Journals

Conferences

Open Access Articles- Top Results for Wheelchair Basketball World Championship

Wheelchair Basketball World Championship

Wheelchair Basketball World Championship
Sport Wheelchair basketball
Founded 1973
Country IWBF members
Continent IWBF (International)

The IWBF World Wheelchair Basketball Championship is an international wheelchair basketball competition contested by the men's and the women's national teams of the members of the International Wheelchair Basketball Federation (IWBF), the sport's global governing body.

The first unofficial Wheelchair Basketball World Championships for men was held in 1973,[1] with Bruges, Belgium being the first host city. The unofficial world championship for men was won by Great Britain, with a team that included Philip Craven,[2] who would later become the President of the International Paralympic Committee (IPC). Bruges, Belgium also hosted the first official World Championships, known as the Gold Cup tournament, in 1975.

The men's world championships has been won 6 times by the United States, and once each by Great Britain (unofficial Championship 1973), Israel, France Canada, and Australia. Wheelchair basketball world championships for women have been held since 1990. In the first 6 women's world championships, Canada has won four world titles, and the United States two world titles.

Winners

Year Host Men Women
1973* Bruges (Belgium) 23x15px Great Britain
1975 Bruges (Belgium) Template:Country data Israel
1979 Tampa (United States) 23x15px United States
1983 Halifax (Canada) 23x15px United States
1986 Melbourne (Australia) 23x15px United States
1990 Bruges (Belgium) 23x15px France
Saint-Étienne (France) 23x15px United States
1994[3] Edmonton (Canada) 23x15px United States
Stoke Mandeville (Great Britain) 23x15px Canada
1998[3] Sydney (Australia) 23x15px United States 23x15px Canada
2002[3] Kitakyushu (Japan) 23x15px United States 23x15px Canada
2006[3] Amsterdam (Netherlands) 23x15px Canada 23x15px Canada
2010[3] Birmingham (United Kingdom) 23x15px Australia 23x15px United States
2014 [4][5] Incheon (South Korea) 23x15px Australia
Toronto (Canada) 23x15px Canada

* Unofficial Championship

Results

Summaries

Men

Year Host (final location) Gold medal game Bronze medal game
Gold Score Silver Bronze Score Fourth place
1973*
Details
23x15px Belgium (Bruges) 30x27px
Great Britain
50–37 30x27px
France
30x27px
Netherlands
1975
Details
23x15px Belgium (Bruges) Template:Country data ISR 50–47 30x27px
United States
30x27px
Great Britain
1979
Details
23x15px United States (Tampa) 30x27px
United States
60–49 30x27px
Netherlands
30x27px
France
1983
Details
23x15px Canada (Halifax) 30x27px
United States
86–67 30x27px
France
30x27px
Sweden
1986
Details
23x15px Australia (Melbourne) 30x27px
United States
61–40 30x27px
Canada
30x27px
Netherlands
1990[6]
Details
23x15px Belgium (Bruges) 30x27px
France
62–61 30x27px
United States
30x27px
Canada
30x27px
Netherlands
1994[3]
Details
23x15px Canada (Edmonton) 30x27px
United States
67–53 30x27px
Great Britain
30x27px
Canada
72–62 30x27px
France
1998[3]
Details
23x15px Australia (Sydney) 30x27px
United States
61–59 30x27px
Netherlands
30x27px
Canada
63–56 30x27px
Australia
2002[3]
Details
Template:Country data Japan (Kitakyushu) 30x27px
United States
30x27px
Great Britain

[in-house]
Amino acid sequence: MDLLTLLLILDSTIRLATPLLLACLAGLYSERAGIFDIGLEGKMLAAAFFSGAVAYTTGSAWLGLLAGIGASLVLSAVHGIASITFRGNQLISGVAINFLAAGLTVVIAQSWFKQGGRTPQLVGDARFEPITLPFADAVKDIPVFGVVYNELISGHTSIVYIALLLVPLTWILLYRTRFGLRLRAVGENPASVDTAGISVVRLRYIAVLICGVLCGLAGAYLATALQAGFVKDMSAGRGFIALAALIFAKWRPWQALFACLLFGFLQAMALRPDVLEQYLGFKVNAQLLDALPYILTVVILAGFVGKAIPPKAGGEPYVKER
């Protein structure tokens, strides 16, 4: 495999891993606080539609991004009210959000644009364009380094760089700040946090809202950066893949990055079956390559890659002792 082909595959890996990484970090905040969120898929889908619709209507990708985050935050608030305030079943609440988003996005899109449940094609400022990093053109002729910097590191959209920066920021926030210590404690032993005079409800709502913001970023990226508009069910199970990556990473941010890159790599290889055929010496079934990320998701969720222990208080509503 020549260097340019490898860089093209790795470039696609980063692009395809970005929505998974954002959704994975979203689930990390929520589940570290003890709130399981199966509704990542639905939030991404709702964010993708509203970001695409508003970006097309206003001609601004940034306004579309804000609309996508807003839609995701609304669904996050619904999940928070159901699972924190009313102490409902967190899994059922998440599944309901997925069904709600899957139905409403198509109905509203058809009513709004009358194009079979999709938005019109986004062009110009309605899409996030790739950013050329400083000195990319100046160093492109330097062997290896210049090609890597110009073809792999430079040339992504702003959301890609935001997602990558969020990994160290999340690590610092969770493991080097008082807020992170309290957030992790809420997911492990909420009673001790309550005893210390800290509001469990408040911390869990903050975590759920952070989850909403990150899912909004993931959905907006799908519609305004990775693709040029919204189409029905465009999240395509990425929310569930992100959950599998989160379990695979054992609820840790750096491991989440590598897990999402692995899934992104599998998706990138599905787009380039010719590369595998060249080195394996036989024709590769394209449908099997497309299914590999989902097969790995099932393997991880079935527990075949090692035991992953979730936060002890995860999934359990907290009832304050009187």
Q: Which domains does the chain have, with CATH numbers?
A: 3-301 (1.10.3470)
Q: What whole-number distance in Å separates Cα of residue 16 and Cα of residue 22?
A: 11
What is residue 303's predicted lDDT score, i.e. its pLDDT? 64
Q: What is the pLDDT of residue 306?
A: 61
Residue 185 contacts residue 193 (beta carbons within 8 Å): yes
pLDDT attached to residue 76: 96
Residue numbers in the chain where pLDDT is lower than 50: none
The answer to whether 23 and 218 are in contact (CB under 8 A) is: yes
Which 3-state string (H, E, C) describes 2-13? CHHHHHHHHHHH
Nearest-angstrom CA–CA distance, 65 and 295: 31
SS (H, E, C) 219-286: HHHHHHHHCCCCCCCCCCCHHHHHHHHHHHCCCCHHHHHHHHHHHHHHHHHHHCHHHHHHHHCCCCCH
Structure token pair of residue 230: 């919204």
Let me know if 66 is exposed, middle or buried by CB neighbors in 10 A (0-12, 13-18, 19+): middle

30x27px
Canada
30x27px
Australia
2006[3]
Details
23x15px Netherlands (Amsterdam) 30x27px
Canada
59–41 30x27px
United States
30x27px
Australia
80–53 30x27px
Netherlands
2010[3]
Details
23x15px Great Britain (Birmingham) 30x27px
Australia
79–69 30x27px
France
30x27px
United States
71–42 30x27px
Italy
2014
Details
Template:Country data South Korea (Incheon) 30x27px
Australia
63–57 30x27px
United States
30x27px
Turkey
68–63 30x27px
Spain

* Unofficial Championship

Women

Year Host (final location) Gold medal game Bronze medal game
Gold Score Silver Bronze Score Fourth place
1990[6]
Details
23x15px France (Saint-Étienne) 30x27px
United States
58–55 30x27px
Germany
30x27px
Canada
1994[3]
Details
23x15px Great Britain (Stoke Mandeville) 30x27px
Canada
45–34 30x27px
United States
30x27px
Australia
38–36 30x27px
Netherlands
1998[3]
Details
23x15px Australia (Sydney) 30x27px
Canada
54–38 30x27px
United States
30x27px
Australia
40–35 Template:Country data JPN
2002[3]
Details
Template:Country data Japan (Kitakyushu) 30x27px
Canada
30x27px
United States
30x27px
Australia
Template:Country data JPN
2006[3]
Details
23x15px Netherlands (Amsterdam) 30x27px
Canada
58–50 30x27px
United States
30x27px
Germany
52–48 30x27px
Australia
2010[3]
Details
23x15px Great Britain (Birmingham) 30x27px
United States
55–53 30x27px
Germany
30x27px
Canada
59–49 30x27px
Australia
2014[7]
Details
23x15px Canada (Toronto) 30x27px
Canada
54–50 30x27px
Germany
30x27px
Netherlands
74–58 30x27px
United States

References

  1. ^ History of the Game, International Wheelchair Basketball Federation (IWBF)
  2. ^ Sir Philip CRAVEN, MBE, Official website of the Olympic Movement
  3. ^ a b c d e f g h i j k l m n o "World Championships - Results". International Wheelchair Basketball Federation. 
  4. ^ "2014 Incheon World Wheelchair Basketball Championship > Schedule & Result". 2014 Incheon World Wheelchair Basketball Championship Organizing Committee. Retrieved 14 July 2014. 
  5. ^ "2014 Women's World Wheelchair Basketball Championship - Schedule & Results". Wheelchair Basketball Canada. Retrieved 14 July 2014. 
  6. ^ a b Armand Thiboutot, Philip Craven (1996). The 50th Anniversary of Wheelchair Basketball: A History. Waxmann Verlag. p. 80. ISBN 3830954417. 
  7. ^ "Schedule & Results - 2014 WWWBC". Wheelchair Basketball Canada. Retrieved 28 June 2014. 

External links